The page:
Rosneft share sale draws Russians eager to forget past losses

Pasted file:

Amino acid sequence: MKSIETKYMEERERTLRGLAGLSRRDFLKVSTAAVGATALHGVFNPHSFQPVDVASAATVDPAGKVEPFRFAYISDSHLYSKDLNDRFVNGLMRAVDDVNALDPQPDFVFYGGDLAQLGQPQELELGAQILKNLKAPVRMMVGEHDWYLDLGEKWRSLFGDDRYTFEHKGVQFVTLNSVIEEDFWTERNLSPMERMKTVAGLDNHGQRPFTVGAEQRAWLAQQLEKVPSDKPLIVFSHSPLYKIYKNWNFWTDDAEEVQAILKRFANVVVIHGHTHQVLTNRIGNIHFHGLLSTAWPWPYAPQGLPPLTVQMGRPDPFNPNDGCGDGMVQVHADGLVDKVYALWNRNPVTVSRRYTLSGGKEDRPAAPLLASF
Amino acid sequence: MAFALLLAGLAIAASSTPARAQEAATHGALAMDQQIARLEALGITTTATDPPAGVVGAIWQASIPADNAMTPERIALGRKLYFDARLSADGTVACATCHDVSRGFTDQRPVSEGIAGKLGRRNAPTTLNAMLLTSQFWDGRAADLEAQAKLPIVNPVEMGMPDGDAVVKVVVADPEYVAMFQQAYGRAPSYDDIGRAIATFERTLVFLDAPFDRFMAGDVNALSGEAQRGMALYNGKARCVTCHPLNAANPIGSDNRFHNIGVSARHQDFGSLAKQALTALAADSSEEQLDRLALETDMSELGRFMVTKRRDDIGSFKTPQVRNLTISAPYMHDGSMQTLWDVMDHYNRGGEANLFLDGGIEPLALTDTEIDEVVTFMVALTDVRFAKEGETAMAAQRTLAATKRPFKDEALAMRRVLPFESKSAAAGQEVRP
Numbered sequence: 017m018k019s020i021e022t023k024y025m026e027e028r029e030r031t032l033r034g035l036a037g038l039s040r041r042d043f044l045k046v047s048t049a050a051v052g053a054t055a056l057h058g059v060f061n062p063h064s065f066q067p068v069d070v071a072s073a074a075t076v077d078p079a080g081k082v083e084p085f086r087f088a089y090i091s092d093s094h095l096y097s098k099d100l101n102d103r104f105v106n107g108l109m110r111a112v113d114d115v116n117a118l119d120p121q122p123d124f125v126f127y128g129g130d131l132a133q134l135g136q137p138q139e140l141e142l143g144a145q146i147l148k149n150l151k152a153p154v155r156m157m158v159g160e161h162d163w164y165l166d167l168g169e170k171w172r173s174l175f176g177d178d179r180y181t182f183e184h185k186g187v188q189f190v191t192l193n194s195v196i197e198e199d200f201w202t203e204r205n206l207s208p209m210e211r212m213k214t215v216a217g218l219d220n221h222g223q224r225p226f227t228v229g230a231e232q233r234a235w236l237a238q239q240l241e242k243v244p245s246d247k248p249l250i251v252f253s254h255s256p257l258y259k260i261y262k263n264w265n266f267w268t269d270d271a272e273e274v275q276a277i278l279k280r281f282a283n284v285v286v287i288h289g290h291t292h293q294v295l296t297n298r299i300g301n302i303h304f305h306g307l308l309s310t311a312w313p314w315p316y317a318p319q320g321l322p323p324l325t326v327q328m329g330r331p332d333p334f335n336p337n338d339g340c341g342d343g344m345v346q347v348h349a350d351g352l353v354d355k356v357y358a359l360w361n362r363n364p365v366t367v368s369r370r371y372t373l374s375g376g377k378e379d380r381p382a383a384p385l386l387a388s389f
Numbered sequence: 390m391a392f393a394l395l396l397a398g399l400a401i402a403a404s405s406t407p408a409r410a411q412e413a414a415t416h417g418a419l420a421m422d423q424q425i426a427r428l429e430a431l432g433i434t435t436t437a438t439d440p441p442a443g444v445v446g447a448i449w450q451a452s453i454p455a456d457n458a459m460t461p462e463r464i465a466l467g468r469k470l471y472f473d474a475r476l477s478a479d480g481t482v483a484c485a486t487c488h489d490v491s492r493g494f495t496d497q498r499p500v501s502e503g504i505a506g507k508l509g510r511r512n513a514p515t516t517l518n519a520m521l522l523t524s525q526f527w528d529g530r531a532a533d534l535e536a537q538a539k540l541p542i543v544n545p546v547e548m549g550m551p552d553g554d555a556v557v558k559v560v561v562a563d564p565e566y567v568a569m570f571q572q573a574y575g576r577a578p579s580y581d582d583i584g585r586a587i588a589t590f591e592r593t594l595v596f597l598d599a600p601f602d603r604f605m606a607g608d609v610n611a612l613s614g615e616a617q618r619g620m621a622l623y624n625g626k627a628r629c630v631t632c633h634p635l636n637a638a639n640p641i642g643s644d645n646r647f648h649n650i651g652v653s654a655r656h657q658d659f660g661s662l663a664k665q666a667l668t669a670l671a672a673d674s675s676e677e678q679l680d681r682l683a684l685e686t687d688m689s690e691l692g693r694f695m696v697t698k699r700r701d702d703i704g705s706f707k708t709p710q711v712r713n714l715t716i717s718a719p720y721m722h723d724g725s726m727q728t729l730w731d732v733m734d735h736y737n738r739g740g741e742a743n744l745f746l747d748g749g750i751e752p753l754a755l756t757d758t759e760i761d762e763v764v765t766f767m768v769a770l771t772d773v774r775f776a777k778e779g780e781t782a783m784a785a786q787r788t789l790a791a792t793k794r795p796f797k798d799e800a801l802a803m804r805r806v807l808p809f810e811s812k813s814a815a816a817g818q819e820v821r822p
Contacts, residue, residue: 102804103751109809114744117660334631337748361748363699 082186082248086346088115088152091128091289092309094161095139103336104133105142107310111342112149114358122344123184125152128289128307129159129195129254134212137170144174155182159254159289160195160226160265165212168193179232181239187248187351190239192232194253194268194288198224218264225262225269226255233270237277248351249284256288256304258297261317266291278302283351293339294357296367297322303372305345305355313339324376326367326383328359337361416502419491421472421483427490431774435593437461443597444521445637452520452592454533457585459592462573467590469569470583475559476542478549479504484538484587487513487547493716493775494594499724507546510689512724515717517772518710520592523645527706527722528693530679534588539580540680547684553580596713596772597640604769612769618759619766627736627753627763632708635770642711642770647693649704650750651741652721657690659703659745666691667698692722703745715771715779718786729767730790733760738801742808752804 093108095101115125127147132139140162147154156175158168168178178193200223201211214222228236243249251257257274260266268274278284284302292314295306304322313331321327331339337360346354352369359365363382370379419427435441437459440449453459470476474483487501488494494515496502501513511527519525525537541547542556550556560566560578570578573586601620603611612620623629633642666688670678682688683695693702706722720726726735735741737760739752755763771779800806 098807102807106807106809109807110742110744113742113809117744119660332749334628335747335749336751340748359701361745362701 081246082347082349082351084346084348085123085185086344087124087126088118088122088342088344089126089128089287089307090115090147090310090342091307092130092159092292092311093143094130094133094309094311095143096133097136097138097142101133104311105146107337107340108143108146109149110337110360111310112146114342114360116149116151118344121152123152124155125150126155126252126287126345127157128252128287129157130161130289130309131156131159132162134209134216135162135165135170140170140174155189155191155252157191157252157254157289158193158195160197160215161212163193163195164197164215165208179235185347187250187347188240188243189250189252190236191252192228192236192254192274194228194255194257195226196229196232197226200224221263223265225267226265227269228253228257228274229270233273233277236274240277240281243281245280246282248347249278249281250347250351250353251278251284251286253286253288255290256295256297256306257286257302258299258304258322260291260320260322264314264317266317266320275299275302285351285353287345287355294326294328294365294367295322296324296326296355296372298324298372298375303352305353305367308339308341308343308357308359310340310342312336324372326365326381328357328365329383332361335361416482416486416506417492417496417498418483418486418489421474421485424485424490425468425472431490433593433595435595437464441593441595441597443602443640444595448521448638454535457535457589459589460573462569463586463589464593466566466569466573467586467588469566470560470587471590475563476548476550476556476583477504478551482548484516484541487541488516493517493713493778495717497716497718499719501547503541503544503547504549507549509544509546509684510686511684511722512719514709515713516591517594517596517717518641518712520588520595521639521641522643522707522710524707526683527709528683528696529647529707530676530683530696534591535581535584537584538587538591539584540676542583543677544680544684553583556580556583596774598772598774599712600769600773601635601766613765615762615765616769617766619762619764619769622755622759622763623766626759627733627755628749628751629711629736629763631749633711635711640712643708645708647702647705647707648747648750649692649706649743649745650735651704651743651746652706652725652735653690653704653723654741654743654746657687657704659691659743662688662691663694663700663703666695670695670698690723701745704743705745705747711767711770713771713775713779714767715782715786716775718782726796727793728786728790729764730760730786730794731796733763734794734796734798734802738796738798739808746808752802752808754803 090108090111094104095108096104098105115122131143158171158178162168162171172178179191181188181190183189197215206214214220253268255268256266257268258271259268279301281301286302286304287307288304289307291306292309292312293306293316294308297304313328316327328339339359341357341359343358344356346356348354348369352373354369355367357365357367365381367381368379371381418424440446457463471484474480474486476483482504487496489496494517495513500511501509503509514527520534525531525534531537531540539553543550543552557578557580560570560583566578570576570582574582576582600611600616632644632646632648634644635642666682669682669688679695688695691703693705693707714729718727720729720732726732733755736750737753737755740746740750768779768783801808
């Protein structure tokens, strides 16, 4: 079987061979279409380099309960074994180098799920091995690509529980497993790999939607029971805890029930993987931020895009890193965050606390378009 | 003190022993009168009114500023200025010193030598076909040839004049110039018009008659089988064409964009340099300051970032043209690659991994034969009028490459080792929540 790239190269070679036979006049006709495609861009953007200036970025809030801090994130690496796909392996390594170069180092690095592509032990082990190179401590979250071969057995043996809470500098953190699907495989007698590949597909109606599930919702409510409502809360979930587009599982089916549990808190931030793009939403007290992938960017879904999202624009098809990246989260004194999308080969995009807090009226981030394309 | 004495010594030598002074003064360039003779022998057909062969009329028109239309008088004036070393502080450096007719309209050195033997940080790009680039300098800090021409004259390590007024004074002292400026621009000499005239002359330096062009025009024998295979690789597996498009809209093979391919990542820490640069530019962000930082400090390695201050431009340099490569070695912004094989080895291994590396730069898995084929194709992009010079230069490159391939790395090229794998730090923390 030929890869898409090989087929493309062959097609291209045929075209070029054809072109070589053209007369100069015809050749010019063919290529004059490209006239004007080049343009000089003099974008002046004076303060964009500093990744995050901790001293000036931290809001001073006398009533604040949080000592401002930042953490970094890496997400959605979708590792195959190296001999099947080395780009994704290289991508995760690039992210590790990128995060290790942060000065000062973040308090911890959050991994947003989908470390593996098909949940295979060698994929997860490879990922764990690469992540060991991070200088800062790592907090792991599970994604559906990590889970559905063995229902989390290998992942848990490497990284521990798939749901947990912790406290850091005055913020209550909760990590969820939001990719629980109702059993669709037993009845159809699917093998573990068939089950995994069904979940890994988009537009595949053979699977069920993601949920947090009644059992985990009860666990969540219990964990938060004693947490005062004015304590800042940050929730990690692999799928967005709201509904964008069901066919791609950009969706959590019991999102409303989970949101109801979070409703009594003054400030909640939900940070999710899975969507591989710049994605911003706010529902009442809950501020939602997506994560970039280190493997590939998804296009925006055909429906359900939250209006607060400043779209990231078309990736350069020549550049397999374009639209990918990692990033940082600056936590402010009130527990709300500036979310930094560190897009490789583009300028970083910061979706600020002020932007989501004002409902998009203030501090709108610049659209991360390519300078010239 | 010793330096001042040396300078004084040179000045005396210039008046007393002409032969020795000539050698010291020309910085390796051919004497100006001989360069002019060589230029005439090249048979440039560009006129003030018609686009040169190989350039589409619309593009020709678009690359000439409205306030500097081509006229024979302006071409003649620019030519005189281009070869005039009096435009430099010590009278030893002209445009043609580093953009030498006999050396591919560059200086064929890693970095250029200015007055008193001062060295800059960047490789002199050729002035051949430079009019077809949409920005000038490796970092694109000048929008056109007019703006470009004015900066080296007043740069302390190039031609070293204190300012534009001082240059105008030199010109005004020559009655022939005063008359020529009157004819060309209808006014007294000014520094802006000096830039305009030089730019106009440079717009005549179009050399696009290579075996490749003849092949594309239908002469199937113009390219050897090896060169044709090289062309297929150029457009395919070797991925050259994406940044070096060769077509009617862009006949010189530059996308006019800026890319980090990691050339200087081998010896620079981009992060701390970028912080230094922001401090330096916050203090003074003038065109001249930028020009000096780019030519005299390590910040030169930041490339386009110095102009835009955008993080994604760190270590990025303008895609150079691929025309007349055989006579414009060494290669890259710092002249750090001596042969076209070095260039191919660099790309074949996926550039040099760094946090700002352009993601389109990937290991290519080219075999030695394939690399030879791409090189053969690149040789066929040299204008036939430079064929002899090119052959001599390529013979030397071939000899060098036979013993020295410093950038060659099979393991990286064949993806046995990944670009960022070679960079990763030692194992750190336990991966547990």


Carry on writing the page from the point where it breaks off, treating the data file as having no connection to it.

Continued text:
Russians are setting aside memories of lost savings and buying shares in state oil company OAO Rosneft, the nation's biggest stock offering ever. OAO Sberbank branches from St. Petersburg to Vladivostok received 10,000 orders in the first 3 1/2 days of the sale last week, said the government-run bank, the manager of the deal. Sberbank expects to raise as much as $500 million through retail branches, Deputy Chief Executive Officer Bella Zlatkis said. “It could all be a scam -- sell shares one day, take them back the next, yet on the other hand they could do well,'' said Valentin Natalokha, 72, a translator who was filling out forms to order Rosneft shares at a Sberbank branch in central Moscow. President Boris Yeltsin's government earned the mistrust of its citizens when people's savings were wiped out on at least three occasions by inflation and currency devaluations, most recently in 1998. Under successor Vladimir Putin, the economy isin its eighth straight year of growth, driven by record oil prices, and the RTS stock index has doubled in the past year. Sberbank, Russia's former monopoly savings bank, started accepting orders of at least 15,000 rubles ($558) a week ago for the IPO, which aims to raise as much as $11.6 billion from foreign and Russian investors. The offer concludes July 10. “The level of interest is good, and is growing with every day,'' Zlatkis said in a telephone interview from Moscow on June 29. “We may extend branch working hours if we see we're not coping with the high level of demand.'' Russia, a country of 143 million, is the world's second-biggest energy producer after Saudi Arabia. The government built Rosneft into the country's third-biggest oil company using assets seized in 2004 from OAO Yukos Oil Co., once led by now-jailed Mikhail Khodorkovsky.Putin is seeking endorsement for the state's role in the industry by turning ordinary Russians into shareholders using advertising campaigns such as those pioneered by British privatizations in the 1980s under Prime Minister Margaret Thatcher. Former communist states such as Poland and Hungary have organized similar sales, though they were a fraction of the size. The biggest IPO in Poland to date was PKO Bank Polski in 2004, which raised 6.2 billion zloty ($1.9 billion). The sale values Rosneft at between $60 billion and $80 billion, compared with about $71 billion for larger rival OAO Lukoil. The shares are being offered for between $5.85 and $7.85 each, and Rosneft CEO Sergei Bogdanchikov has said the company wants more than 30% of the offering to go to Russian investors. The Russian government is marketing Rosneft as a safer, potentially more lucrative bet than savings accounts. Rosneft has been running full-page advertisements in daily newspapers such as Vedomosti and Kommersant, two of Russia's most widely read business dailies, as well as television and billboard ads. Sberbank Chief Executive Officer Andrei Kazmin on June 26 promoted the share sale on national television as a “good way to protect your savings from devaluation, from inflation.'' Some Russians remain skeptical. “There's no point playing cards with the state because they will always win,'' said Mikhail Truchkov, 57, a former engineer. “This isn't for the people, their aim is to line their pockets.'' Ivan Firsov, a retired accountant gathering information about Rosneft shares this week in a Sberbank branch in central Moscow, said the marketing has convinced him to buy stock. “I am buying shares for one simple reason: I should get more than by putting my money in a savings account,'' Firsov, 75, said. “I learnt about this from the commercials. They are everywhere so it's hard to avoid them.'' “It's owned by the state, so it's more trustworthy than some private company,'' said Olga Prokopenko, 56, a museum curator at a branch in southwest Moscow who plans to invest 20,000 rubles. A decade ago the story would have been different. Russians were outraged in the 1990s by the state asset sales organized by Privatization Minister Anatoly Chubais, which gave out vouchers that few citizens profited from and then sold off the biggest companies to favored businessmen at knockdown prices. Chubais, now CEO at national power utility OAO Unified Energy System, remains the least-trusted figure in Russia, the Moscow-based Levada Institute said June 5, citing two polls it carried out across Russia in May. “We got hit over the head last time with Chubais in the 1990s,'' said Natalokha, who plans to buy 20,000 rubles worth of shares. “Let's hope this time it works out.” (Bloombreg)
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